Sura Hart & Victoria Kindle Hodson in Respectful Parents Respectful Kids suggest that the first key to achieving cooperation with children is to “ … align your deepest reasons for parenting and your deepest desires for your children”.
With a clear purpose always in mind, parents will be able to set goals that align their thoughts and actions, especially how they listen to and talk with their children. Determining your purpose is likely to be a deep mental exercise as you ask:
- What are my responsibilities to my children?
- What are my expectations for them?
- How would I describe my role or style as I relate to them?
- How should I behave toward them?
As you delve into these questions it could be helpful to investigate what others think, especially if they are qualified and have the appropriate experience to be judged as good role models. By all means, collect information, but then choose what makes sense to you. All children are unique and all parents are unique so don’t expect or accept a simple, “one size fits all” approach. With this guideline in mind, here’s some of the usual expectations that parents have for their children:
1. To be happy
What does this really mean? It will vary with each child and each parent. More importantly it is a feeling, the “effect” or result of some thing else, which is the “cause”. Focus on understanding the causes from the child’s perspective, not the parents’.
2. To be successful
Once again, what does this mean? Who makes the choices – the child or the parent? The parent may want the child to be an NBA or NHL star, while the child wants to play a piano or program a computer. Parents can help most by encouraging their children to make their own choices while stressing what skills may be required.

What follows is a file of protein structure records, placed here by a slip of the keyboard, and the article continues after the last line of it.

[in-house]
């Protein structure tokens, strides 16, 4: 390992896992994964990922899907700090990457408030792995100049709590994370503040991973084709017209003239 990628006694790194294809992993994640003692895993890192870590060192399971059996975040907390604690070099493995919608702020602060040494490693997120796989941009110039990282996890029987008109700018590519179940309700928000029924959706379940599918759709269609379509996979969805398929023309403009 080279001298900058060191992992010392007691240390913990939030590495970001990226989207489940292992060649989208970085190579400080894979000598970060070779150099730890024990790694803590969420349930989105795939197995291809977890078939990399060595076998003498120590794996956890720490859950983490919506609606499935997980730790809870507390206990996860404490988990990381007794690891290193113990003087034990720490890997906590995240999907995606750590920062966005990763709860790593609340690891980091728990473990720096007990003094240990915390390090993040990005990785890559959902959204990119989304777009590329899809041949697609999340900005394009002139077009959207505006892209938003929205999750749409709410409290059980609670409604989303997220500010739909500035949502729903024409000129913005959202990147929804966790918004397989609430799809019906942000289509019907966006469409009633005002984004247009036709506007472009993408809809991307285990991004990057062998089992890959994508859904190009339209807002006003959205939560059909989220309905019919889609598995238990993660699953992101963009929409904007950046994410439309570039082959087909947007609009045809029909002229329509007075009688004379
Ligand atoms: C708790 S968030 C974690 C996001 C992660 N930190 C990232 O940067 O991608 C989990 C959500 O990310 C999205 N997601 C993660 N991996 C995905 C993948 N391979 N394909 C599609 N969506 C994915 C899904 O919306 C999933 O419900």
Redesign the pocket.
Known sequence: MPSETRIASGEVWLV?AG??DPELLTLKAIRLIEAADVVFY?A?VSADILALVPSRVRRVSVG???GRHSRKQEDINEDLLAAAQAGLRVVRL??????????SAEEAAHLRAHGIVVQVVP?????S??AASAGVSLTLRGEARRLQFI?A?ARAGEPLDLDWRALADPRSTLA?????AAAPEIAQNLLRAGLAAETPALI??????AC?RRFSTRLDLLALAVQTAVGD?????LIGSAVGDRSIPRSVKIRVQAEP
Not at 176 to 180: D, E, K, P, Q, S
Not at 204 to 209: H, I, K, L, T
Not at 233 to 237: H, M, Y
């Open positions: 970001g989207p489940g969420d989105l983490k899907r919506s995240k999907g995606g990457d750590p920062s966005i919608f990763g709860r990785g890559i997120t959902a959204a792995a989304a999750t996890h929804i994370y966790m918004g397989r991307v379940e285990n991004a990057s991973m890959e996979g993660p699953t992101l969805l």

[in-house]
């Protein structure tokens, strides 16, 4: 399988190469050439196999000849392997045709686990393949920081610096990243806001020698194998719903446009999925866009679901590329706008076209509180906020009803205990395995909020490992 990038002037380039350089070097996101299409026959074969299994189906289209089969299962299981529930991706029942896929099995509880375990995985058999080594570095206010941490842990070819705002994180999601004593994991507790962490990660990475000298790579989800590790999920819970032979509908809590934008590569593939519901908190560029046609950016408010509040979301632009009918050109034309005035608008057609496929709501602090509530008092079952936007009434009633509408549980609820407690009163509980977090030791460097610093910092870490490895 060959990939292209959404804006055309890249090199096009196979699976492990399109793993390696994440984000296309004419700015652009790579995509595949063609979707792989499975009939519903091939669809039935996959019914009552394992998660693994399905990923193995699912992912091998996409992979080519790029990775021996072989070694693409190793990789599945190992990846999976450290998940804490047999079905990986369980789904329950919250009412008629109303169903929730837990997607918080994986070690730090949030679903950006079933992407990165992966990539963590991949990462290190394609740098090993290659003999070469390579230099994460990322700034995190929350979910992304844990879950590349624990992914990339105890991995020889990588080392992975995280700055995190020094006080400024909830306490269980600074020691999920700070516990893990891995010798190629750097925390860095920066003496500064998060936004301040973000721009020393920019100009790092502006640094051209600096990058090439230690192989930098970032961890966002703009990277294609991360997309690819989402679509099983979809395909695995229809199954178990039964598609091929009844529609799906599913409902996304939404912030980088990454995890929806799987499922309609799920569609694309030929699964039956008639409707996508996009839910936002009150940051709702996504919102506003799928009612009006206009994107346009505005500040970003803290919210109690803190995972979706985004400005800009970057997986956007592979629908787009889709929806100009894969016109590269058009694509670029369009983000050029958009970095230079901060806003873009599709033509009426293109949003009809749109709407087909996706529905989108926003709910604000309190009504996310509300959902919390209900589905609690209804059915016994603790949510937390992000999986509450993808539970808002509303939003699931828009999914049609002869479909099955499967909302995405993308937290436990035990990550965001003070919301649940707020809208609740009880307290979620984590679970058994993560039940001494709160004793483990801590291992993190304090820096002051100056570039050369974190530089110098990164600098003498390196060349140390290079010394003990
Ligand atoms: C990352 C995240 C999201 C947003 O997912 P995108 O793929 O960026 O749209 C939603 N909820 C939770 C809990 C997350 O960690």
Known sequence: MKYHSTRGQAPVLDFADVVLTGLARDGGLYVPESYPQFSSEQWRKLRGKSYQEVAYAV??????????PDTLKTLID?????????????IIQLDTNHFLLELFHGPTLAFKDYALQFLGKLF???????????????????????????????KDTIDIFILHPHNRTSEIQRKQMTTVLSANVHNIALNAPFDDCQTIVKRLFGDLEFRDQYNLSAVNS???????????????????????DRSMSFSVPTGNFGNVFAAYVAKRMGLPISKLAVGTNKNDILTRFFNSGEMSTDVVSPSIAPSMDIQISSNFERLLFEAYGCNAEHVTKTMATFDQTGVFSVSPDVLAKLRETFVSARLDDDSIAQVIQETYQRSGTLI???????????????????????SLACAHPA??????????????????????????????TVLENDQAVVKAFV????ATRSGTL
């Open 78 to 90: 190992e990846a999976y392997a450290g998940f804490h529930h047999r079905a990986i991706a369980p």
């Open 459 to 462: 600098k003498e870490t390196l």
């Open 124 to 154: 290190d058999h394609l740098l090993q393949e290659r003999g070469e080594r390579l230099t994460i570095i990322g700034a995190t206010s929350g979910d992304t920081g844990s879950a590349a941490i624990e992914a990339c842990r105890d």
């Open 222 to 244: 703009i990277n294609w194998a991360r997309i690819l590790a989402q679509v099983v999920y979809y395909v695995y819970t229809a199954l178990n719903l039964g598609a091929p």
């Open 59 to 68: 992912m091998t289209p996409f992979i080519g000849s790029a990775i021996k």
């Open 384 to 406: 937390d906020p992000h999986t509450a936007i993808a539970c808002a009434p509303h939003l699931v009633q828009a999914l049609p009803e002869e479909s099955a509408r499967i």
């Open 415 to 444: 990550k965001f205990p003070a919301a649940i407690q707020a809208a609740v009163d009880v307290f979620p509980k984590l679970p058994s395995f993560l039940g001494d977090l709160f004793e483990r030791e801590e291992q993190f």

3. To be a good person
I can’t argue with this one. I am 70 years old and still learning how to be “good“! We will never be perfect, but working on it is a worthwhile lifetime journey. Where do you start with your kids? There is considerable information available under the topics of “character” or “values”, so much so that you must learn how to assess it and prioritize what is important and when. Each child has a unique development cycle. Parents need to be aware of the stage their child is at and then choose appropriate encouraging and enabling behaviour.
These general expectations need to become more specific. What are the real day-to-day attitudes, behaviour, and skills we want our kids to display? The possibilities become almost endless and include:
- to think for themselves,
- to be independent,
- to always try to be the best they can be,
- to be true to themselves, first,
- to be reliable and responsible,
- to be respectful of themselves and others,
- to be kind and loving, and
- to never give up.
So much for the factors from the child’s perspective. In the next post, let’s look at what parents may want for themselves.